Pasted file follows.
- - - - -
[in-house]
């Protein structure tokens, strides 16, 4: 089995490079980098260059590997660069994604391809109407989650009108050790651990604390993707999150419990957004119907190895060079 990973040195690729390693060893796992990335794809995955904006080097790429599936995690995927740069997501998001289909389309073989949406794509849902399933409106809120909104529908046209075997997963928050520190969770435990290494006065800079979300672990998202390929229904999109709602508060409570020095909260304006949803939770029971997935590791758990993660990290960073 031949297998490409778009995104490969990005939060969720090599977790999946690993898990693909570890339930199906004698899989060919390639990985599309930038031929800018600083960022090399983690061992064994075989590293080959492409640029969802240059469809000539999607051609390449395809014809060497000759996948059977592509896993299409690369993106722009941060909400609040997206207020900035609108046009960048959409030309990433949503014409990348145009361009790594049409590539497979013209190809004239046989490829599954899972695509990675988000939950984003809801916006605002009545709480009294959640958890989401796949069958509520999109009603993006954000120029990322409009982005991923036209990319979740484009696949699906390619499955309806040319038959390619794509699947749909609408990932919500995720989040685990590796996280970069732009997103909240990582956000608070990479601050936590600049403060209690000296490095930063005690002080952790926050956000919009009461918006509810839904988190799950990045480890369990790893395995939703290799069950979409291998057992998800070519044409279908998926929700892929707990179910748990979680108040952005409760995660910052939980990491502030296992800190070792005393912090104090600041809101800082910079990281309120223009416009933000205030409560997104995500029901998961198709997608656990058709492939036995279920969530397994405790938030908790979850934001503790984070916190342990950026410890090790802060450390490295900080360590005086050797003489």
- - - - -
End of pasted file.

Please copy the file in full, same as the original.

[in-house]
């Protein structure tokens, strides 16, 4: 089995490079980098260059590997660069994604391809109407989650009108050790651990604390993707999150419990957004119907190895060079 990973040195690729390693060893796992990335794809995955904006080097790429599936995690995927740069997501998001289909389309073989949406794509849902399933409106809120909104529908046209075997997963928050520190969770435990290494006065800079979300672990998202390929229904999109709602508060409570020095909260304006949803939770029971997935590791758990993660990290960073 031949297998490409778009995104490969990005939060969720090599977790999946690993898990693909570890339930199906004698899989060919390639990985599309930038031929800018600083960022090399983690061992064994075989590293080959492409640029969802240059469809000539999607051609390449395809014809060497000759996948059977592509896993299409690369993106722009941060909400609040997206207020900035609108046009960048959409030309990433949503014409990348145009361009790594049409590539497979013209190809004239046989490829599954899972695509990675988000939950984003809801916006605002009545709480009294959640958890989401796949069958509520999109009603993006954000120029990322409009982005991923036209990319979740484009696949699906390619499955309806040319038959390619794509699947749909609408990932919500995720989040685990590796996280970069732009997103909240990582956000608070990479601050936590600049403060209690000296490095930063005690002080952790926050956000919009009461918006509810839904988190799950990045480890369990790893395995939703290799069950979409291998057992998800070519044409279908998926929700892929707990179910748990979680108040952005409760995660910052939980990491502030296992800190070792005393912090104090600041809101800082910079990281309120223009416009933000205030409560997104995500029901998961198709997608656990058709492939036995279920969530397994405790938030908790979850934001503790984070916190342990950026410890090790802060450390490295900080360590005086050797003489």